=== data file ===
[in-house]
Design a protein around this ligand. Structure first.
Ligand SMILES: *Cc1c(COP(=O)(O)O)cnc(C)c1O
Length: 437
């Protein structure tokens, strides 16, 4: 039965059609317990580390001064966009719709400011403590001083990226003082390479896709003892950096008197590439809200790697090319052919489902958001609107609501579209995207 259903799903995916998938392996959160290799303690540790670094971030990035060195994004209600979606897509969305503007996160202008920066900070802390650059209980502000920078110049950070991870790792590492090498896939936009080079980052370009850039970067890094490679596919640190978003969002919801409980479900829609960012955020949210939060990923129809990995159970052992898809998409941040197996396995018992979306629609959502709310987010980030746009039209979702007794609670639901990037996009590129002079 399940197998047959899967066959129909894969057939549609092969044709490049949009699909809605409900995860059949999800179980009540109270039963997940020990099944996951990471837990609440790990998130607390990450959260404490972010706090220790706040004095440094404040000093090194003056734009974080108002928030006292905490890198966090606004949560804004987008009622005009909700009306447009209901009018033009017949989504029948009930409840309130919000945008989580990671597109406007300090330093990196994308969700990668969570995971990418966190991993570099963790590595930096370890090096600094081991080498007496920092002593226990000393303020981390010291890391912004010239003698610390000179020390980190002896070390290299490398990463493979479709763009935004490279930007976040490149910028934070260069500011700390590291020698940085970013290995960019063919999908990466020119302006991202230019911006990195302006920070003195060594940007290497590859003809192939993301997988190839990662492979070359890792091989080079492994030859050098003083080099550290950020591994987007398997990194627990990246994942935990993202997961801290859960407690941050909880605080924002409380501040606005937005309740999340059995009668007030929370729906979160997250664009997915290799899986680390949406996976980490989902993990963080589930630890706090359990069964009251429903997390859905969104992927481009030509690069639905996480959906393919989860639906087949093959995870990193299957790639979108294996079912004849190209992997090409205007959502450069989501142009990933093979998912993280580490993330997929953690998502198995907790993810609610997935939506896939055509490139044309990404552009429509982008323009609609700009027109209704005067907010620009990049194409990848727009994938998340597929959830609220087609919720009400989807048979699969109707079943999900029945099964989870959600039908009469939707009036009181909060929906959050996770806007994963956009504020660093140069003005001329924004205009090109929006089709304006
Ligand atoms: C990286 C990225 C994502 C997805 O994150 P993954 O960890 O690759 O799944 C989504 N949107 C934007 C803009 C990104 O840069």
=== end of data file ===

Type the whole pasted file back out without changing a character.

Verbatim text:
[in-house]
Design a protein around this ligand. Structure first.
Ligand SMILES: *Cc1c(COP(=O)(O)O)cnc(C)c1O
Length: 437
């Protein structure tokens, strides 16, 4: 039965059609317990580390001064966009719709400011403590001083990226003082390479896709003892950096008197590439809200790697090319052919489902958001609107609501579209995207 259903799903995916998938392996959160290799303690540790670094971030990035060195994004209600979606897509969305503007996160202008920066900070802390650059209980502000920078110049950070991870790792590492090498896939936009080079980052370009850039970067890094490679596919640190978003969002919801409980479900829609960012955020949210939060990923129809990995159970052992898809998409941040197996396995018992979306629609959502709310987010980030746009039209979702007794609670639901990037996009590129002079 399940197998047959899967066959129909894969057939549609092969044709490049949009699909809605409900995860059949999800179980009540109270039963997940020990099944996951990471837990609440790990998130607390990450959260404490972010706090220790706040004095440094404040000093090194003056734009974080108002928030006292905490890198966090606004949560804004987008009622005009909700009306447009209901009018033009017949989504029948009930409840309130919000945008989580990671597109406007300090330093990196994308969700990668969570995971990418966190991993570099963790590595930096370890090096600094081991080498007496920092002593226990000393303020981390010291890391912004010239003698610390000179020390980190002896070390290299490398990463493979479709763009935004490279930007976040490149910028934070260069500011700390590291020698940085970013290995960019063919999908990466020119302006991202230019911006990195302006920070003195060594940007290497590859003809192939993301997988190839990662492979070359890792091989080079492994030859050098003083080099550290950020591994987007398997990194627990990246994942935990993202997961801290859960407690941050909880605080924002409380501040606005937005309740999340059995009668007030929370729906979160997250664009997915290799899986680390949406996976980490989902993990963080589930630890706090359990069964009251429903997390859905969104992927481009030509690069639905996480959906393919989860639906087949093959995870990193299957790639979108294996079912004849190209992997090409205007959502450069989501142009990933093979998912993280580490993330997929953690998502198995907790993810609610997935939506896939055509490139044309990404552009429509982008323009609609700009027109209704005067907010620009990049194409990848727009994938998340597929959830609220087609919720009400989807048979699969109707079943999900029945099964989870959600039908009469939707009036009181909060929906959050996770806007994963956009504020660093140069003005001329924004205009090109929006089709304006
Ligand atoms: C990286 C990225 C994502 C997805 O994150 P993954 O960890 O690759 O799944 C989504 N949107 C934007 C803009 C990104 O840069």